East London's Hidden History, Hannah Crosbie


Reading Time: 4 min

Although thought of as the epicentre of all things industry and business, London has fallen far behind its peers in recent years. The city used to be the epicentre of the industrial revolution and the go-to for quality goods steeped in heritage; has now become the face paying lip-service to loyal customers, one that has, over the years outsourced its production to other countries (often for cheaper) whilst retaining the British stamp of quality.

These century-old industries don’t exist in a vacuum, though, quite often they’re phenomena that have generations of family, skills and community in the surrounding areas.

The leather goods industry is no different.

When French peasants escaped persecution in the 17th century, they settled in Spitalfields, Whitechapel, Bethnal Green and the surrounding areas; out of reach from the powerful city guild. Since the invention of the loom and then the sewing machine in the late 19th century, the East End saw a boom in textile production, a movement that earned Britain its stripes in the fashion industry, and a reputation for only producing quality leather goods.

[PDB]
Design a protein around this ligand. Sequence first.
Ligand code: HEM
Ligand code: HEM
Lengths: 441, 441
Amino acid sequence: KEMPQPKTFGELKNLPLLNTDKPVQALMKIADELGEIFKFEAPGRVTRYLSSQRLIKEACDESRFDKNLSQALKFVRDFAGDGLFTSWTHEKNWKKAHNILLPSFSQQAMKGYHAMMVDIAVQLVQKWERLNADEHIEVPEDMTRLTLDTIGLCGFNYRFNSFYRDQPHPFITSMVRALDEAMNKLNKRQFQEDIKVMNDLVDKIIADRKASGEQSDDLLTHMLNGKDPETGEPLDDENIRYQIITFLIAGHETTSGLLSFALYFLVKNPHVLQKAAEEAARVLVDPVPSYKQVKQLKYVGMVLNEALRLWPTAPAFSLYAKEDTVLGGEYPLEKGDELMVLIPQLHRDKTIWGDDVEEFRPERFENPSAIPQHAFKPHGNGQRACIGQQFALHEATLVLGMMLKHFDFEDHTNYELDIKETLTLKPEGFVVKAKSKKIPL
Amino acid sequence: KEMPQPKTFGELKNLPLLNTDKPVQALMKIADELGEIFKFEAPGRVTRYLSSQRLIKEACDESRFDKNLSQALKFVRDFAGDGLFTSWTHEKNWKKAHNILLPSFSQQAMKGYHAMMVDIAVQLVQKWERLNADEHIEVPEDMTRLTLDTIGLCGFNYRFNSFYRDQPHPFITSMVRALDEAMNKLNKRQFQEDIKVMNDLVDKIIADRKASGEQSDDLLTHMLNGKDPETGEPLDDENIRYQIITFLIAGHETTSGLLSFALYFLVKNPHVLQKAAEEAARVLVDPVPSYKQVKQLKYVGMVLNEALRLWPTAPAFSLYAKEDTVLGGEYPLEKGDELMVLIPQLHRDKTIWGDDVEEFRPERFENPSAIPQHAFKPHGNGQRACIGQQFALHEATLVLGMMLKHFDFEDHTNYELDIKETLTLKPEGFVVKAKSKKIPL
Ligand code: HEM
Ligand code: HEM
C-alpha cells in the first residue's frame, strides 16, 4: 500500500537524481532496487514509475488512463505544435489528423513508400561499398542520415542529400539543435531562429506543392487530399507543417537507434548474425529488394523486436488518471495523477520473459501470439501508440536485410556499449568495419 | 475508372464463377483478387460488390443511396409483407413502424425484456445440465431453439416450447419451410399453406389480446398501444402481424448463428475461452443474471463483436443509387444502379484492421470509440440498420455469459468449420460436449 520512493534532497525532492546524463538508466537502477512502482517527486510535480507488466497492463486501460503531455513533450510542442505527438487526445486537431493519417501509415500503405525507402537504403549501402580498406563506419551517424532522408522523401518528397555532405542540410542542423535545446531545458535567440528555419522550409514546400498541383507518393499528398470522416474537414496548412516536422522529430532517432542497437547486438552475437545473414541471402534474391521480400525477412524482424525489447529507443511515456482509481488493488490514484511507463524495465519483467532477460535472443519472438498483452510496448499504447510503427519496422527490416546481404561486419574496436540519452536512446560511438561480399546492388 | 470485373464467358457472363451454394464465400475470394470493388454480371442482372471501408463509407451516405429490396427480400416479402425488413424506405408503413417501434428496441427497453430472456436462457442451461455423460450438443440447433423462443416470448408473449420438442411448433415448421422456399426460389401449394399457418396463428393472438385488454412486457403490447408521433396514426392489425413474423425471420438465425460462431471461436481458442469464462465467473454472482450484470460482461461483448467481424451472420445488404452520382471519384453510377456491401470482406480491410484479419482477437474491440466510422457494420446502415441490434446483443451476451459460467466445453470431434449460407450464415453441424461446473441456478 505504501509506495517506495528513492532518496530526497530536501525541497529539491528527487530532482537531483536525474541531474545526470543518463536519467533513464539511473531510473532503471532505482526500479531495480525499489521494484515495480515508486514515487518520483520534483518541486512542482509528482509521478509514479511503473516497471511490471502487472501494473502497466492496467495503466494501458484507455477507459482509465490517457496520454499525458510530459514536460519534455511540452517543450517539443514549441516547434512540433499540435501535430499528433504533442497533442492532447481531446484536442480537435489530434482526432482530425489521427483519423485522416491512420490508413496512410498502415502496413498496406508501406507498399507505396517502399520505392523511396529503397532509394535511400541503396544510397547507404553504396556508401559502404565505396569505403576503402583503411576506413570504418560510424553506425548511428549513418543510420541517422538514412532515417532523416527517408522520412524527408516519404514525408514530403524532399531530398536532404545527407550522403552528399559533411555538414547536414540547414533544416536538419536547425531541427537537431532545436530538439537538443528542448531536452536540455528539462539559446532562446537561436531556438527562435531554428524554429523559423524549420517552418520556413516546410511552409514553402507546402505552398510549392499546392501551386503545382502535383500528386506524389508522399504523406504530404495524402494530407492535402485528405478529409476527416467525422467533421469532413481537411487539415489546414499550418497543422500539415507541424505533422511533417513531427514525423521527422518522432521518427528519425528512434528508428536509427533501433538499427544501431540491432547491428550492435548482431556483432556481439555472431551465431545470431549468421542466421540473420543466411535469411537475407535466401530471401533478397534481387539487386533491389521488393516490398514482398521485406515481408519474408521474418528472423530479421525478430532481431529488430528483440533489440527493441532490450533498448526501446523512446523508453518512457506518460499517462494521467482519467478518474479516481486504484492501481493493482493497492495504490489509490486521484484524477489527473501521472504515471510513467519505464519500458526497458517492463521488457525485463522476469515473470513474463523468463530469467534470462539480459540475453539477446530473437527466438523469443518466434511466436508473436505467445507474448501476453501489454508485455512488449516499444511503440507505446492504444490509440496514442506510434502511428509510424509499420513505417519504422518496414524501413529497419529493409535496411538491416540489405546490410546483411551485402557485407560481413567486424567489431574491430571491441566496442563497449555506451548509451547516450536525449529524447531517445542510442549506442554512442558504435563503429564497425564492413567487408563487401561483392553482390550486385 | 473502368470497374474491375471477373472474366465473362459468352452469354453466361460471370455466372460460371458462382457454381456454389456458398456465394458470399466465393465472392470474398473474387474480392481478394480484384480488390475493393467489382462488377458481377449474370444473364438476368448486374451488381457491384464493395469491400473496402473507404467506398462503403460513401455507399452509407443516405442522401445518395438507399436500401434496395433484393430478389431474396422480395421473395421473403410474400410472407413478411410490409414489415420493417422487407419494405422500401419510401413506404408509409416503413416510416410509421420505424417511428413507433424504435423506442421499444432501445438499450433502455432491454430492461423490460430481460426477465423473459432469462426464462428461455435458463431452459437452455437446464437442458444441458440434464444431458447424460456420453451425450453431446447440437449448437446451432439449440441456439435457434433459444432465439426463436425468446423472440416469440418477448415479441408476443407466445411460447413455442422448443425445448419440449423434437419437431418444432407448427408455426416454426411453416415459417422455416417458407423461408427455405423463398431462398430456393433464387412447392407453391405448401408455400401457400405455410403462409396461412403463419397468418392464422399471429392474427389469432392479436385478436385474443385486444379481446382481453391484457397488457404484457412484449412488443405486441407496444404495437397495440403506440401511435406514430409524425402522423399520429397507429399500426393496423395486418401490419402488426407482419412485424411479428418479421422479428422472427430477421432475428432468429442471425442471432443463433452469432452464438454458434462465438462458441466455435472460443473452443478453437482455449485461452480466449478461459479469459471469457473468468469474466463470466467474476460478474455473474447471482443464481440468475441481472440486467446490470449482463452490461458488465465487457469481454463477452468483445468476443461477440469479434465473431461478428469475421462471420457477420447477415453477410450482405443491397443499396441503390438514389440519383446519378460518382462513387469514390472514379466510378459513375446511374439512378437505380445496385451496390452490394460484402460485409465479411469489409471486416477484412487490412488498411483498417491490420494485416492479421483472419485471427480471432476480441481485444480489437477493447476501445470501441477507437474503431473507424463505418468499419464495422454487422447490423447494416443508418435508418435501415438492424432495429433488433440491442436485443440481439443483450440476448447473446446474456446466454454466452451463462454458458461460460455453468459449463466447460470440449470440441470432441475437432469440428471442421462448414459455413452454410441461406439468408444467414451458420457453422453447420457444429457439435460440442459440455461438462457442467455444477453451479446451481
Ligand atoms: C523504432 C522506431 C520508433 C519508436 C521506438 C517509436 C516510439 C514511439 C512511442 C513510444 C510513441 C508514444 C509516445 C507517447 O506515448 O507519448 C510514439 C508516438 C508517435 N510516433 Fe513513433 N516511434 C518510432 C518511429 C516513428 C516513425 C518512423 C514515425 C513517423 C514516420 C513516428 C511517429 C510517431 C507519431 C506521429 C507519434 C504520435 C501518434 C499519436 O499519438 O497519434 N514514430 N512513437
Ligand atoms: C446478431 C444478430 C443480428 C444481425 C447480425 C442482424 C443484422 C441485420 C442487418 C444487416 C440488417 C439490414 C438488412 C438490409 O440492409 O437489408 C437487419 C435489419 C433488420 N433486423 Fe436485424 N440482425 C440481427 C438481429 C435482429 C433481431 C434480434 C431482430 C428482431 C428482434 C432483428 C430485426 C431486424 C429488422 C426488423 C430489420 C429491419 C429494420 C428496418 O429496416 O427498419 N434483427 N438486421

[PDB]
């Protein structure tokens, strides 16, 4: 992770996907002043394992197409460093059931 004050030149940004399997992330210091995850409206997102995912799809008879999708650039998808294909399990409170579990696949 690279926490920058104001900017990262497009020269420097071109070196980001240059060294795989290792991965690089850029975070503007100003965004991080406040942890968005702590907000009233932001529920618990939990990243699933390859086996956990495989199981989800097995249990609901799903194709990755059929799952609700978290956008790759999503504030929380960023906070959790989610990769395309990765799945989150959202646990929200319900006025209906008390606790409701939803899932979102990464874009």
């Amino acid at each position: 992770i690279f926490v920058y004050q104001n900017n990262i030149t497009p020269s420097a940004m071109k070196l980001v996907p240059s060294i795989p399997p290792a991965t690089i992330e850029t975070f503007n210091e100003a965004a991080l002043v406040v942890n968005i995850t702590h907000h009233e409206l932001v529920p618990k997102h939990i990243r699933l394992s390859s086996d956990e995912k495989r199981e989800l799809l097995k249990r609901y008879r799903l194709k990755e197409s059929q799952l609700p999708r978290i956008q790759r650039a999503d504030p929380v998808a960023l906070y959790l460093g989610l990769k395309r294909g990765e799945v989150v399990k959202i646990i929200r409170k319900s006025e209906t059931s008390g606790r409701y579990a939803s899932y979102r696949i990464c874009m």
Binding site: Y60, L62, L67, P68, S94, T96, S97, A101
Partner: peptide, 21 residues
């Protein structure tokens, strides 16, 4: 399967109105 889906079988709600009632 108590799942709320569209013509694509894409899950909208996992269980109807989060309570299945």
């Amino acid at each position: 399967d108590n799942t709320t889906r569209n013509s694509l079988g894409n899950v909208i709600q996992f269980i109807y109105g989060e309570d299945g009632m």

Rumour has it that the entire upper half of Brick Lane - now home to cereal bars and vintage clothing shops - used to sell leather goods. From handbags to jackets to home furnishings, Brick Lane and its neighbouring boroughs were a hub of production, with hundreds of leather workshops producing for any brand worth their salt, but now in the Dalston area, there’s only two.

So, what happened?

It’s a silent war that the fashion industry isn’t shouting about, or, rather, doesn’t want to. And why would you, when the majority of big brands are now producing elsewhere?

It’s the battle that inspired the founder of Paradise Row Nika Diamond-Krendel three years ago, reading about the displacement of communities, the loss of skills gained through generations of craft and the subsequent gentrification of her local area inspired her to found a brand that would reignite the local leather industry. Every time you buy Paradise Row, you can be sure your piece has been crafted in Dalston by leather-workers who have been making wonderful things with their hands for nearly 20 years.

How sure are you of the origin of your other leather goods? It’s a question we all need to ask ourselves and I’ve certainly been asking myself recently. Next time you buy a ‘British’ leather product, be conscious of the communities, lives and culture behind something seemingly small; it could be your decisions that shape the next industrial movement, for better or for worse.


Words: Hannah Crosbie